Barca and Atletico have both been immense since the turn of the decade, and the praise they’ve been offered has been deserved. Real, however, continue to be overlooked. In the build-up to this year’s second round knockout tie with big-spenders Paris Saint Germain, there were very few pundits who were comfortable picking a Madrid side that had struggled for the majority of the campaign. Their league form has been poor, but continuing to underestimate a team that have constantly shone on the biggest stage is never a smart betting strategy. It would have been somewhat acceptable had the negativity towards them been attributed to their catastrophic title defense, but that isn’t the case. Doubts surrounded this team in the build-up to last year’s final in Cardiff, even as Real entered the contests having secured their status as La Liga champions. Questions were asked over the “easy” draws they had been handed, while Bayern Munich fans STILL complain about the officiating from their quarter-final tie. Truth is, you need luck to progress and succeed at the highest level. There’s no denying Real have been fortunate on a couple of occasions, but they’ve also been on the other end of the spectrum. It’s simply just the way football works. Yet, that shouldn’t overshadow the fighting spirit this side have consistently shown.
During that contest against Bayern, they found themselves trailing 1-0 in Munich until a Cristiano Ronaldo double turned the tie on its head. Having the mental ability to play through the setback of conceding first in a daunting environment is admirable. The competence they showed in fighting back to leave themselves in comfortable position heading into the second leg is even more impressive . Ronaldo struck again during the return match, after Robert Lewandowski’s penalty offered Bayern a glimmer of hope. Ronaldo’s goal didn’t change much in terms of what the opposition needed to level things up, but it switched momentum back to Madrid with 15 minutes remaining in a tense contest. Unfortunately, a fluky own-goal from Sergio Ramos just 120 seconds later left Real in a precarious situation as extra-time beckoned. Many teams finding themselves in that position would have crumbled under the pressure. In an exhausting task, they had to try and contain, arguably, the most potent offensive side in Europe for an extra thirty minutes. As Madrid have shown time and time again, however, this is no ordinary side. Instead of collapsing, they rose to the occasion and further displayed their champion mentality by storming past Bayern.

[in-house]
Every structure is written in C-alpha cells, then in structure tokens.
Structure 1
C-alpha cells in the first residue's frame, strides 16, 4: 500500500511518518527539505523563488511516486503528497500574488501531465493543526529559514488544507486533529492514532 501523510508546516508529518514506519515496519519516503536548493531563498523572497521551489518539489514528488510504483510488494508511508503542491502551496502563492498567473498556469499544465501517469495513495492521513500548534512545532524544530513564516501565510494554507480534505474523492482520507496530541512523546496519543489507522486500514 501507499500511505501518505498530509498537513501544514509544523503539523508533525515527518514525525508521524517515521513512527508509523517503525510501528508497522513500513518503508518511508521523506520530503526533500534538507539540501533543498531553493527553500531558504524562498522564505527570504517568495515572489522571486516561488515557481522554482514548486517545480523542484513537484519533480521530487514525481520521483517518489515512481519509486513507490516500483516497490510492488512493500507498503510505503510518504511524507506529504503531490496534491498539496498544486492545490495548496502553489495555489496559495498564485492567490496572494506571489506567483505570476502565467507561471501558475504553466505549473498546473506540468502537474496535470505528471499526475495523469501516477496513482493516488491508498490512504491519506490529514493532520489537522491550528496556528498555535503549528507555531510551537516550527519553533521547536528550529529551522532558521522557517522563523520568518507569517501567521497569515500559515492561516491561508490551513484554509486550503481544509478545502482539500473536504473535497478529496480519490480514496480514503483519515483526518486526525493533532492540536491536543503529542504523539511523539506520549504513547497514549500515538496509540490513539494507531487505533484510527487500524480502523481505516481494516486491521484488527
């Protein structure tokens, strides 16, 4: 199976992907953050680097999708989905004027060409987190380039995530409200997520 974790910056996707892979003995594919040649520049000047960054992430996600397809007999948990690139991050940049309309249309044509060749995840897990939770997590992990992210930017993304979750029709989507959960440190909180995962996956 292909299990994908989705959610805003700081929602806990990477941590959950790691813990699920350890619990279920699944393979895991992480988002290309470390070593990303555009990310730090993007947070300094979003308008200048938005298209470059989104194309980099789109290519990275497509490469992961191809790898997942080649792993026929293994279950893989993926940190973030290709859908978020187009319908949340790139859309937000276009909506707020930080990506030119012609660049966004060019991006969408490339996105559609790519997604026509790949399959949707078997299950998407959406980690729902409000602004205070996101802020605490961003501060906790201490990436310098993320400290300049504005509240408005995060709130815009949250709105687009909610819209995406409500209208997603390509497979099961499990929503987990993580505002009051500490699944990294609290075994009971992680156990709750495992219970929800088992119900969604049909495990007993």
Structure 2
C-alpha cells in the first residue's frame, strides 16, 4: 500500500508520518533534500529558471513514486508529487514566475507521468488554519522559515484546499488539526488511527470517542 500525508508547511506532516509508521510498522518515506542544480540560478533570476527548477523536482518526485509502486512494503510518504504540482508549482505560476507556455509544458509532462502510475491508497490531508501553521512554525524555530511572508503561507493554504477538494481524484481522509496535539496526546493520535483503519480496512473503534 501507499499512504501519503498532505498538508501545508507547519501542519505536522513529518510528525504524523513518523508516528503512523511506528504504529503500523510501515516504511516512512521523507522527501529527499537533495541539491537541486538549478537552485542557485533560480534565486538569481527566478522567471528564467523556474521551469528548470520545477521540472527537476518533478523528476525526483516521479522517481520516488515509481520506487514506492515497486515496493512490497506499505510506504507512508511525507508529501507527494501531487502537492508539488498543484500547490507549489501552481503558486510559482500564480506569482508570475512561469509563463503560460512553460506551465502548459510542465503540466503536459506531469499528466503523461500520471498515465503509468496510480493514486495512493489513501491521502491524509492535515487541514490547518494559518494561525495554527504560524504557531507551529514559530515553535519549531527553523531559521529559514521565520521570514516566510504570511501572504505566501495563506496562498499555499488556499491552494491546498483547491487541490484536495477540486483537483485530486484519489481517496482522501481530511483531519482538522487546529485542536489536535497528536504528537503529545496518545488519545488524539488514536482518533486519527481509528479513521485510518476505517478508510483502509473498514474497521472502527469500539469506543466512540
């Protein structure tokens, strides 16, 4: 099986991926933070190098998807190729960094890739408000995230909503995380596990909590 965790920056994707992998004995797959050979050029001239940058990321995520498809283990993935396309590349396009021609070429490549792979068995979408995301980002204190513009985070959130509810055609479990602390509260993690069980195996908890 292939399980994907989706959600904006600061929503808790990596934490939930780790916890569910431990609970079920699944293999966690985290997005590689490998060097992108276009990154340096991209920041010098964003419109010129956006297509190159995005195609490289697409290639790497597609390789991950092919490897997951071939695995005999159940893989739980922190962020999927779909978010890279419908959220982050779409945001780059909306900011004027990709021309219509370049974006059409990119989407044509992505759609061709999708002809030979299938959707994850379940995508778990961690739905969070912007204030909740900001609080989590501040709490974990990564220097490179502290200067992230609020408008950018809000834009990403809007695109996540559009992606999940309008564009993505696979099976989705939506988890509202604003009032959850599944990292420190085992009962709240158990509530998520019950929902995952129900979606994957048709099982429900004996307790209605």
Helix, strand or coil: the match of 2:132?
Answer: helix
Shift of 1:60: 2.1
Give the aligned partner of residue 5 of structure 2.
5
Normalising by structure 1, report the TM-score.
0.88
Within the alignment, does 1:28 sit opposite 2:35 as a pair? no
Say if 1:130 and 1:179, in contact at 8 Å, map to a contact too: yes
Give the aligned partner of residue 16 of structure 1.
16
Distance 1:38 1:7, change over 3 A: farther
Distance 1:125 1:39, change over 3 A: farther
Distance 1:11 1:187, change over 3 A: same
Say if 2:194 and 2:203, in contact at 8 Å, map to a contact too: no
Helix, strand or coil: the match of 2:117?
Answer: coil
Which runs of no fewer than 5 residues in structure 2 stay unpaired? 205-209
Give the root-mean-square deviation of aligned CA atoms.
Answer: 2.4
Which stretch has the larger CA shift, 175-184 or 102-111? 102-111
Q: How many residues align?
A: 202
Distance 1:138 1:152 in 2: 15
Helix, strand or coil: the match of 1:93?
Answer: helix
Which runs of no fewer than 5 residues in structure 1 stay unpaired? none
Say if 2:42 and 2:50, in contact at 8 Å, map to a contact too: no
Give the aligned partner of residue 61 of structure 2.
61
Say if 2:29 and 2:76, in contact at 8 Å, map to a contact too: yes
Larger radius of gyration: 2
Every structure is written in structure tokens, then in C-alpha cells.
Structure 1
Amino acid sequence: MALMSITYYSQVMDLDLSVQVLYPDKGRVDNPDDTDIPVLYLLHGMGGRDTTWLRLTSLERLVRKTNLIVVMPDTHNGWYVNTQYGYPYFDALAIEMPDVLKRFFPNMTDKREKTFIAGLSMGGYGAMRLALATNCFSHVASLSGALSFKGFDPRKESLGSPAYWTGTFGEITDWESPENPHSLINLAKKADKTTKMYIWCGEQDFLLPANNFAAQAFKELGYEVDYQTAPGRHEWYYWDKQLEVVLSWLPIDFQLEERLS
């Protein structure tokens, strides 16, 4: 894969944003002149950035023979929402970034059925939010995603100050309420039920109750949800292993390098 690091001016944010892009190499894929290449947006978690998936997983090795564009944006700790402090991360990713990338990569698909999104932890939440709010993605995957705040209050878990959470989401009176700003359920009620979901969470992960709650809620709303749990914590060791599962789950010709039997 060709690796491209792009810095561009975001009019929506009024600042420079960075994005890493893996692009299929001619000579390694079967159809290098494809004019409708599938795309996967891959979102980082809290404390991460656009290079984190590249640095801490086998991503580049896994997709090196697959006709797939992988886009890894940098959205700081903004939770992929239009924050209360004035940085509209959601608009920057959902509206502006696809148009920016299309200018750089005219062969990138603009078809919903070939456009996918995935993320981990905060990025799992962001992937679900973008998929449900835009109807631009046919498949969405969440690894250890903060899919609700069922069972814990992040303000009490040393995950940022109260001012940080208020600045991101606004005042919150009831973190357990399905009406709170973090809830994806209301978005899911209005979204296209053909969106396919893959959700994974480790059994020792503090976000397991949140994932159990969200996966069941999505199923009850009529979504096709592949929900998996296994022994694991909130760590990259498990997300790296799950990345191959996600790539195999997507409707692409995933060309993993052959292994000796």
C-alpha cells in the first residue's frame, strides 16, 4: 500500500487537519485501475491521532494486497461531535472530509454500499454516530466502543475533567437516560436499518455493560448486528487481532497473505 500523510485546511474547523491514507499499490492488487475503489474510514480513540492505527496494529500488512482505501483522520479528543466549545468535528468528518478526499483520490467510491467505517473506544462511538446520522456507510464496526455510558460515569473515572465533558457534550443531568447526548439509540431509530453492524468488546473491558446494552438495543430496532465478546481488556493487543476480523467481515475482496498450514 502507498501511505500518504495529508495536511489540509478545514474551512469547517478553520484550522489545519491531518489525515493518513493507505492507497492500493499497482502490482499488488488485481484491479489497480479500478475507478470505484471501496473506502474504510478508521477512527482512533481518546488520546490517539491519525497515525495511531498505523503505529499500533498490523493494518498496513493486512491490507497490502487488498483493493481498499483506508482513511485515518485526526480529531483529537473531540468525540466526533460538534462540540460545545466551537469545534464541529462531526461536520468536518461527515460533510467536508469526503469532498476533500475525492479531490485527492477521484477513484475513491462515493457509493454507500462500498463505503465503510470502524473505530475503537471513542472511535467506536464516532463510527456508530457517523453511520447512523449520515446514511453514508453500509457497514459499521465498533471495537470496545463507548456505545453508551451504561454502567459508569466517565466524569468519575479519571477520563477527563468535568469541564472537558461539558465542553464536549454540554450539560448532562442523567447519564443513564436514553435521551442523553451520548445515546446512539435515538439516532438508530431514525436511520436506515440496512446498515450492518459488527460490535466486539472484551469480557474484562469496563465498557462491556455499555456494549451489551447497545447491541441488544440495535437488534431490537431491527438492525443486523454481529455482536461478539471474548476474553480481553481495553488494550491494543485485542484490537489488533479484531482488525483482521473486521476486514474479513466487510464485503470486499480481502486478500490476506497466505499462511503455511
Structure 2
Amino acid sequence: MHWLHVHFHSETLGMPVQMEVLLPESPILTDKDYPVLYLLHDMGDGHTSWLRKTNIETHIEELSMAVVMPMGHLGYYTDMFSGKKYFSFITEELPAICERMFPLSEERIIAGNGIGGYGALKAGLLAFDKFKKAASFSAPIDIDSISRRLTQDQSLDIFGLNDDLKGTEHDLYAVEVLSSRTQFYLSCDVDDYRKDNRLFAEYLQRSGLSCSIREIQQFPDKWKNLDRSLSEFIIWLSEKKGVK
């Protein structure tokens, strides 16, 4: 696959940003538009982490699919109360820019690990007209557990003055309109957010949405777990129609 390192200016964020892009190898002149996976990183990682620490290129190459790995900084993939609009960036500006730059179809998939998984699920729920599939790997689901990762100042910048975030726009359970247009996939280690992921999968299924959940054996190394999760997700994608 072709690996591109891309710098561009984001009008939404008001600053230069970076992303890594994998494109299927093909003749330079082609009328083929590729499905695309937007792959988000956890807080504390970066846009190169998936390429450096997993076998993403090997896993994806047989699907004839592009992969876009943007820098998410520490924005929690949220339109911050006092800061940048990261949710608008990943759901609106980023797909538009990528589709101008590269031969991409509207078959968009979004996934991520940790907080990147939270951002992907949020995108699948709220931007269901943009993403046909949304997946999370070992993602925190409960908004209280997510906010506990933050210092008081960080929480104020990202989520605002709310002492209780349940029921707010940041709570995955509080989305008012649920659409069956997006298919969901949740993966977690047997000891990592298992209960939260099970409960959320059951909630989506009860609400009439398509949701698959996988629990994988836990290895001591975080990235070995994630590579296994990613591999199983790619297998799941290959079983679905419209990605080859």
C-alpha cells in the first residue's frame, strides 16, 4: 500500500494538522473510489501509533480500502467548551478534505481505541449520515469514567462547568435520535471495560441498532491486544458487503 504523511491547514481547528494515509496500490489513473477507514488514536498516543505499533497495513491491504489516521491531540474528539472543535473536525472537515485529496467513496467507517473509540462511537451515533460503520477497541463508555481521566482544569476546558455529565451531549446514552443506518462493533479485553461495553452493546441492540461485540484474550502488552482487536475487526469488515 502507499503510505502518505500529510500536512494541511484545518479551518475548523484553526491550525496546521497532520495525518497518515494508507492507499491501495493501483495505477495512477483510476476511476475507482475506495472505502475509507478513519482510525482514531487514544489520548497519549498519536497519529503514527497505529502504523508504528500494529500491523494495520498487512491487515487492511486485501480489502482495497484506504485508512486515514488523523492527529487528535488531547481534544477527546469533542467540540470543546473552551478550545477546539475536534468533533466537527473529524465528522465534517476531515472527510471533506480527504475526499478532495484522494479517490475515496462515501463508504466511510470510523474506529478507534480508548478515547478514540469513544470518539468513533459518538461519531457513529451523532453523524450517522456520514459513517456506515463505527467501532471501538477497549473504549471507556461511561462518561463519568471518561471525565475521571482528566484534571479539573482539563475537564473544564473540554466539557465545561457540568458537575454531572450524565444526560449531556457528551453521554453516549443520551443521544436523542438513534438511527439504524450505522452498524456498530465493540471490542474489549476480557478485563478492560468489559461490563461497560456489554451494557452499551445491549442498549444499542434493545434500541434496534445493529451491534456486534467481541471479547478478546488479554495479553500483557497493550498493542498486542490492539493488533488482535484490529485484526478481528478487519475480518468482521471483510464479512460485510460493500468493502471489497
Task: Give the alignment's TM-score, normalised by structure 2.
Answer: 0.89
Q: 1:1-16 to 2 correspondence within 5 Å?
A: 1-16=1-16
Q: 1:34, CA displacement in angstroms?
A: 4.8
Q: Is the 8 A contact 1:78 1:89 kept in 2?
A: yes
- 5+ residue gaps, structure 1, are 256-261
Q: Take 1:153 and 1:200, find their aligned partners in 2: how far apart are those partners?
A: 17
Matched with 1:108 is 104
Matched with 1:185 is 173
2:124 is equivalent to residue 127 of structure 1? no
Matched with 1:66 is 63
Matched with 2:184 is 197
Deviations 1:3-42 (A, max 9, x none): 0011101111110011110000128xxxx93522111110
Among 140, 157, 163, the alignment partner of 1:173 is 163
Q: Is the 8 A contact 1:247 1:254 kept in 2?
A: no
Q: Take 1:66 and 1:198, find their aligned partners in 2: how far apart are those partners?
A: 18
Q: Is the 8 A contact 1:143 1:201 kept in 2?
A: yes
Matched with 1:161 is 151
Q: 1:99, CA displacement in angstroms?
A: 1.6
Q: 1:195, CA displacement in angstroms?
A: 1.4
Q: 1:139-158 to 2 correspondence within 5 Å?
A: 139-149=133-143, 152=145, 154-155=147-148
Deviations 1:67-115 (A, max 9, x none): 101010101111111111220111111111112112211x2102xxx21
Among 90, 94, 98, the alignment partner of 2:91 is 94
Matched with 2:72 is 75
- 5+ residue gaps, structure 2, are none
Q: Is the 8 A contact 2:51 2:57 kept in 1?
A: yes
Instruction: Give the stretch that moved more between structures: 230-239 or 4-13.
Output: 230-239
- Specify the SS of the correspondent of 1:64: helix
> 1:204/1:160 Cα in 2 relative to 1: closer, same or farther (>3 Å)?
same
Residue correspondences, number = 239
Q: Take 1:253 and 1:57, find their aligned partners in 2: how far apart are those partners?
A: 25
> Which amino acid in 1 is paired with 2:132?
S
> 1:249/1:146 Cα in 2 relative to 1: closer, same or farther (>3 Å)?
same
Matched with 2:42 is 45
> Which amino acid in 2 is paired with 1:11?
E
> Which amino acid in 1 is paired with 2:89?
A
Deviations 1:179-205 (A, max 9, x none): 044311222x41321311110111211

If you needed any more proof of their spirit, the semi-final meeting with Atletico should have been enough evidence. Although sitting on a 3-0 lead from the first leg, once again due to the magic of Ronaldo, a quick double salvo from Atleti in the opening fifteen minutes of the second leg left Zidane’s side sweating. One more goal from their rivals, and it would suddenly become deadlocked. The thought of 55,000 Colcheneros’ fans whistling and hissing at each movement is intimidating, but for Real, it was another challenge to overcome. Before half-time, a fine piece of skill from Karim Benzema set up the on-rushing Isco for a crucial away goal which ended the Atletico barrage and secured Real’s place in a second successive final. Another barrier crushed for a Madrid side, so used to them by this stage. Yet, there are very few who wish to offer them the credit they deserve.